Psaxton-“why are you choosing accounting?”    In changing career from marketing, can you imagine how poor at marketing an accountant or financial analyst would be!    They’re very different personalities and strengths.

Also, if we assume that roughly 3/4s of all companies have virtually nil competitive advantage (so their RoIC is roughly equalling their cost of capital), the only way they can generate shareholder value is by operating as efficiently as possible (or liquidate a.s.a.p. and return capital to the owners… and lose their jobs).   The management accounting role is a key component in that efficiency drive- hence my passion for it.  

Similarly, the shift into accounting is to get away from job roles whose success is basically down to how rational or irrational your rivals are at cutting prices and gaining sales/ how strong a competitive advantage rivals have over you or you over them.   Why have a job whose success is dependent on others beyond your control? (Of course, many marketers and sales people maintain sanity by attributing all success to themselves and all failure to their rivals or other outside forces, the remainder work in competitively advantaged companies).    In that sense, accounting is like stockbroking- come rain or shine in a business, the accountant’s role persists (as do stockbrokers’ during a market crash).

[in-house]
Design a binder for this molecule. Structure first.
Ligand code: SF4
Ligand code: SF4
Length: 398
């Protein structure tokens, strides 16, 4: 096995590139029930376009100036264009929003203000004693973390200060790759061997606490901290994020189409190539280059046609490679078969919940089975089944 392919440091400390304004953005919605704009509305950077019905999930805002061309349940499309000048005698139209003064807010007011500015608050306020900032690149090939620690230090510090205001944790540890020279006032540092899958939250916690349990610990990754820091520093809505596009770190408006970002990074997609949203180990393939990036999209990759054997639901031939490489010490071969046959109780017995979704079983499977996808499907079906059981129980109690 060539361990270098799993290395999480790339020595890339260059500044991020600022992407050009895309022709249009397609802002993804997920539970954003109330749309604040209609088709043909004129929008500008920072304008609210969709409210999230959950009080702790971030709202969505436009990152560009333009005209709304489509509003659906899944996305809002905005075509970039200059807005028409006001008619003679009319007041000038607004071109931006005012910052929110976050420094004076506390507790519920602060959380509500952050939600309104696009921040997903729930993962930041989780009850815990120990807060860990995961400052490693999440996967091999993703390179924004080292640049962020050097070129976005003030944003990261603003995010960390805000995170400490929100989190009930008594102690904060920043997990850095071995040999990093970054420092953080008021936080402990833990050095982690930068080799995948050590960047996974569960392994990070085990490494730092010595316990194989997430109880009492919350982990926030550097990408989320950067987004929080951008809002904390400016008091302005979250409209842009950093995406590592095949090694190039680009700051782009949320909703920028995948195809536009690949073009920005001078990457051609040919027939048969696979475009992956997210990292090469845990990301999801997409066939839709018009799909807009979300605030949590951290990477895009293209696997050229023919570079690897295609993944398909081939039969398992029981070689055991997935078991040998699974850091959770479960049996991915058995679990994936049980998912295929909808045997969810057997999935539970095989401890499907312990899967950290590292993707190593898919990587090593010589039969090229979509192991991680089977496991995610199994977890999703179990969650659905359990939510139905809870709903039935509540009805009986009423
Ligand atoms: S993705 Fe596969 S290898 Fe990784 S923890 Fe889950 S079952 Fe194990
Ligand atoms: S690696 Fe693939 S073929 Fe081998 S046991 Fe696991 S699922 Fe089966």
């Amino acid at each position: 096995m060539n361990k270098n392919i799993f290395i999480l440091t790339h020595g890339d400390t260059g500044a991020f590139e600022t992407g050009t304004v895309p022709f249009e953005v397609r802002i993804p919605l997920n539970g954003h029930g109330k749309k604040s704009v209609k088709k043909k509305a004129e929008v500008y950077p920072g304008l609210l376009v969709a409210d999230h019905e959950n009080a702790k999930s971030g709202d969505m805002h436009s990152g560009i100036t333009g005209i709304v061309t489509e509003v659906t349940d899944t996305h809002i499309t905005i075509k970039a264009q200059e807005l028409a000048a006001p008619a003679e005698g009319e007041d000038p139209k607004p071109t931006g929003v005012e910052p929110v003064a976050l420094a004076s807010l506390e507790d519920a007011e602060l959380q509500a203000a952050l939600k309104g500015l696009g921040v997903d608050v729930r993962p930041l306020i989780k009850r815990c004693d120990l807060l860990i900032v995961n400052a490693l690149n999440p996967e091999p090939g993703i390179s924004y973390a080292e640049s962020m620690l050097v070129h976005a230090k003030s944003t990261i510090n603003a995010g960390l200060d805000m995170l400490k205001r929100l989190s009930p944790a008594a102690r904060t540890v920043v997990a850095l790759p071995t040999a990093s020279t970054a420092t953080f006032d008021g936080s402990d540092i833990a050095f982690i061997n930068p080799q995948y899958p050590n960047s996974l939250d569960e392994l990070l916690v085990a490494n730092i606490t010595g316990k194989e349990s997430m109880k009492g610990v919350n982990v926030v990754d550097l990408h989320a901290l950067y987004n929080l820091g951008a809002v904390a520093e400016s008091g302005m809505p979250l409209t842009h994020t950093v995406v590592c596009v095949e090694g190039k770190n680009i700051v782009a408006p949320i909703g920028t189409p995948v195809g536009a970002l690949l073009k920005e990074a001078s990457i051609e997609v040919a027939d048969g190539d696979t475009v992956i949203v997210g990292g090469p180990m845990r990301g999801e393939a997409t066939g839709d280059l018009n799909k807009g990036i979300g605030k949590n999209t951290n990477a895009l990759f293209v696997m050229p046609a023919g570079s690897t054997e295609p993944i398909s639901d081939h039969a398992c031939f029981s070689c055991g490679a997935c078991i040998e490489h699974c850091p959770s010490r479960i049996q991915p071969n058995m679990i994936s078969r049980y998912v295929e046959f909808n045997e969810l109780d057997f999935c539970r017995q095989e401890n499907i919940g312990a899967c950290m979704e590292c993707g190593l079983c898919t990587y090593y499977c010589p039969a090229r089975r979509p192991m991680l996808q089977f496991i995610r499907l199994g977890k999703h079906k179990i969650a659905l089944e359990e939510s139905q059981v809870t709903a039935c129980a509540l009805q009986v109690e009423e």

A final reason as to “why choose accounting” is that management accounting greatly assists with equity investing (a personal interest) and thereby boosting your net worth.   "Equity investing" as in allocating capital into companies selling below their true (discounted cash flow) value in order to gain annual % returns exceeding your next best available % return i.e. your “cost of capital”.   Likewise, management accounting is advising the allocation of capital into products, product mixes, projects, strategies, short-term liquid assets etc. that promise annual % returns that exceed your company’s cost of capital. 

This chimes with Warren Buffett’s observation- “I’m a better investor for being a businessman and a better businessman for being an investor, when you have the mentality of both, they help you in each camp”.